|aE-books in libraries :|ba practical guide / |cedited by Kate Price and Virginia Havergal.
|aEbooks in libraries
|aLondon :|bFacet Publishing,|cc2011.
|axl, 327 p. :|bill. ;|c24 cm.
|aIncludes bibliographical references and index.
|rChris Armstrong and Ray Lonsdale -- |rJoel Claypool ; |rAnna Grigson ; |rSilivia Gstrein and Günter Mühlberger ; |rKate Price -- |rMartin Palmer ; |rKaren Foster and Emma Ransley ; |rJim Dooley -- |rAnna Grigson ; |rKaren Gravett ; |rJames Clay --|rMartin Palmer ; |rSue Caporn ... [et al.] ; |rAnne Worden and Timothy Collinson -- |rDenise Dwyer.|tIntroduction / |tThe production and distribution of e-books: |tPublishing e-books : challenges and perspectives / |tAn introduction to e-book business models and suppliers / |tProducing eBooks on demand : a European library network / |tE-books for free : finding, creating and managing freely available texts / |tPlanning and developing an e-book collection: |tE-books for public libraries / |tE-books for further education / |tE-books for higher education / |tDelivering e-books to library users: |tMaking e-book collections visible to readers / |tProviding guidance, training and support for readers using e-books / |tInformation technology and e-books : challenges and opportunities / |tEngaging readers with e-books: |tPublic library users connecting with e-books / |tEngaging students with e-books in further education / |tEngaging staff and students with e-books in a university setting / |tThe future of e-books: |tContributors' views --|tUseful information: |tGlossary ; |tTop tips from contributors ; |tChecklist for e-book acquisition ; |tSelected e-book suppliers ; |tAccessible e-book services in public libraries /
|a"Despite the fact that e-books have been in existence for decades in various guises and added to library collections for several years now, there has been a noticeable lack of published manuals on the subject. This is doubtless owing to the rapidly evolving nature of the market. There is now a plethora of different types of digital object that may be termed 'e-books' and a bewildering number of business and access models to match. Moreover the pace of change shows no sign of abating, but there is an increasing amount of popular interest in e-books, and what is needed is practical information to assist library and information professionals managing collections of e-books and doing their best to inform their users right now. This timely book, the first of its kind to provide a practical appraisal of e-books, aims to fill that need by addressing the key questions: Where do e-books come from and what are the key business models that support them? What needs to change before e-books become universally and easily used? What will the e-book landscape look like in ten years' time? How can you be sure you are building a good collection that your users can access easily? And what about money and budgets?"--Provided by publisher.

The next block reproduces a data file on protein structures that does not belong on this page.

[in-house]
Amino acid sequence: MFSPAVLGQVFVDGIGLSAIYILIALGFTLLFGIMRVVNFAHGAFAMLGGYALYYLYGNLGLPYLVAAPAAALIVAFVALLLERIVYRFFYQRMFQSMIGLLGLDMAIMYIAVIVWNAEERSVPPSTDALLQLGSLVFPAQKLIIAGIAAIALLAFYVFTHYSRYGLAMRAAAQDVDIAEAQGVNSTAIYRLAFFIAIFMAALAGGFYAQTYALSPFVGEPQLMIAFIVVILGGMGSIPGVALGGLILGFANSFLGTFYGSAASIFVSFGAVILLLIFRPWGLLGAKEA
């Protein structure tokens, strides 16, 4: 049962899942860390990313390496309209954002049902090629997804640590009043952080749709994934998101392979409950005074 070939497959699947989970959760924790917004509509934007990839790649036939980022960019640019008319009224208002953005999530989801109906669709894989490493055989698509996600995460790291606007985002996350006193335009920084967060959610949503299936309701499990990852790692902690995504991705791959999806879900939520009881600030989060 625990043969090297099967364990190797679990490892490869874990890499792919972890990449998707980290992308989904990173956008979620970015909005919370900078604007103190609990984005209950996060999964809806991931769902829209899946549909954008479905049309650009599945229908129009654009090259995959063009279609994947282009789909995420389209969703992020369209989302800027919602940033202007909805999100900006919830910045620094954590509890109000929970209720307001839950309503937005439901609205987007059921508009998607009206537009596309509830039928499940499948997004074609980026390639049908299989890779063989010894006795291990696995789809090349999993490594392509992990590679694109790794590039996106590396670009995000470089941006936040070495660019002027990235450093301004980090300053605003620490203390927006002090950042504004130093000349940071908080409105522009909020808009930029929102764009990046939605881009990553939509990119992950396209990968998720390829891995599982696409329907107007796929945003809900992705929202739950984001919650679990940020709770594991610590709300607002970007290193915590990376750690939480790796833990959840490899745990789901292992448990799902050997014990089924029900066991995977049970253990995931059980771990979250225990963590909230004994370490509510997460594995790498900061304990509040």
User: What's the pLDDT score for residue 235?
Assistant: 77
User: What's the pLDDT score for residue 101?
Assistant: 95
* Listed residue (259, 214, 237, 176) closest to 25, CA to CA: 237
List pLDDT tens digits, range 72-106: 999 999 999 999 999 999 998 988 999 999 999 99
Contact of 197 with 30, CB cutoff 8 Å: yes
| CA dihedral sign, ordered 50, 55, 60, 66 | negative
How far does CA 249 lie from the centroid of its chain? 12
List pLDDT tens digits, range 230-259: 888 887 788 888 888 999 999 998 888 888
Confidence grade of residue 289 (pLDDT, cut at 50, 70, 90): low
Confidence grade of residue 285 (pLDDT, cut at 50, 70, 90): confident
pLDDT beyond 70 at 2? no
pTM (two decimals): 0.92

This timely book, the first of its kind to provide a practical appraisal of e-books, is divided into five parts: * where do e-books come from? * planning and developing your e-book collection * delivering e-books to readers: the practicalities * engaging readers with e-books: hearts and minds * the future of e-books. It is essential background reading for librarians wishing to develop an e-book collection from scratch or for those responsible for maintaining an existing e-book collection.